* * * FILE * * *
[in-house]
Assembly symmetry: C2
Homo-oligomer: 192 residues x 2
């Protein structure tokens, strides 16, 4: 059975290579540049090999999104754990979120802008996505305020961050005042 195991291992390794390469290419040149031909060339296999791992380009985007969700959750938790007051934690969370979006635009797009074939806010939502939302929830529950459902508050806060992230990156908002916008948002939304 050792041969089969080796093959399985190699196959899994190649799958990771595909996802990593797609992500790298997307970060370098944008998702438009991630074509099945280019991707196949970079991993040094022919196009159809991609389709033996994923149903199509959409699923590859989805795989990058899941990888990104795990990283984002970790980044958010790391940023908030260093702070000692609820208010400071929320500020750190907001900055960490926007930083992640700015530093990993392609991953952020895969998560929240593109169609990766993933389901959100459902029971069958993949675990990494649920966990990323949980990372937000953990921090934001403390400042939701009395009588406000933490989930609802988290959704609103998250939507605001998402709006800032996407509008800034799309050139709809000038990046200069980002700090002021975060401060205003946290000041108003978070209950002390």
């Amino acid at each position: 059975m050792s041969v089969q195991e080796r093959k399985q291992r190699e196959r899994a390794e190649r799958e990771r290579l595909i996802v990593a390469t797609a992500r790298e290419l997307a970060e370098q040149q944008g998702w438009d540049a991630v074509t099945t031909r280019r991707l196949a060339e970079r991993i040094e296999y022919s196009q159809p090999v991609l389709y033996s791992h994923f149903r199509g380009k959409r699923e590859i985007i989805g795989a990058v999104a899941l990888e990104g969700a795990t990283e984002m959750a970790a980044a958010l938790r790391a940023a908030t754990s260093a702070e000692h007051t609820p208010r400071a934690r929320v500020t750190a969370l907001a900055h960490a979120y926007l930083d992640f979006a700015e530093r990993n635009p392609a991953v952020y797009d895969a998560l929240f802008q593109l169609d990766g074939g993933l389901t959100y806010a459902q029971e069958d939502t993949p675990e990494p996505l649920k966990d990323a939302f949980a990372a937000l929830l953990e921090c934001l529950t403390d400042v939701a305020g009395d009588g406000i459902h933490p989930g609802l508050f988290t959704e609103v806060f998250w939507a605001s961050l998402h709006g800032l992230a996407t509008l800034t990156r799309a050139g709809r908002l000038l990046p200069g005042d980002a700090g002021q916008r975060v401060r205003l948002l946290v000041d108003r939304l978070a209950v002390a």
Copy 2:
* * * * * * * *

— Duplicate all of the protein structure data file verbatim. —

[in-house]
Assembly symmetry: C2
Homo-oligomer: 192 residues x 2
């Protein structure tokens, strides 16, 4: 059975290579540049090999999104754990979120802008996505305020961050005042 195991291992390794390469290419040149031909060339296999791992380009985007969700959750938790007051934690969370979006635009797009074939806010939502939302929830529950459902508050806060992230990156908002916008948002939304 050792041969089969080796093959399985190699196959899994190649799958990771595909996802990593797609992500790298997307970060370098944008998702438009991630074509099945280019991707196949970079991993040094022919196009159809991609389709033996994923149903199509959409699923590859989805795989990058899941990888990104795990990283984002970790980044958010790391940023908030260093702070000692609820208010400071929320500020750190907001900055960490926007930083992640700015530093990993392609991953952020895969998560929240593109169609990766993933389901959100459902029971069958993949675990990494649920966990990323949980990372937000953990921090934001403390400042939701009395009588406000933490989930609802988290959704609103998250939507605001998402709006800032996407509008800034799309050139709809000038990046200069980002700090002021975060401060205003946290000041108003978070209950002390």
């Amino acid at each position: 059975m050792s041969v089969q195991e080796r093959k399985q291992r190699e196959r899994a390794e190649r799958e990771r290579l595909i996802v990593a390469t797609a992500r790298e290419l997307a970060e370098q040149q944008g998702w438009d540049a991630v074509t099945t031909r280019r991707l196949a060339e970079r991993i040094e296999y022919s196009q159809p090999v991609l389709y033996s791992h994923f149903r199509g380009k959409r699923e590859i985007i989805g795989a990058v999104a899941l990888e990104g969700a795990t990283e984002m959750a970790a980044a958010l938790r790391a940023a908030t754990s260093a702070e000692h007051t609820p208010r400071a934690r929320v500020t750190a969370l907001a900055h960490a979120y926007l930083d992640f979006a700015e530093r990993n635009p392609a991953v952020y797009d895969a998560l929240f802008q593109l169609d990766g074939g993933l389901t959100y806010a459902q029971e069958d939502t993949p675990e990494p996505l649920k966990d990323a939302f949980a990372a937000l929830l953990e921090c934001l529950t403390d400042v939701a305020g009395d009588g406000i459902h933490p989930g609802l508050f988290t959704e609103v806060f998250w939507a605001s961050l998402h709006g800032l992230a996407t509008l800034t990156r799309a050139g709809r908002l000038l990046p200069g005042d980002a700090g002021q916008r975060v401060r205003l948002l946290v000041d108003r939304l978070a209950v002390a």
Copy 2: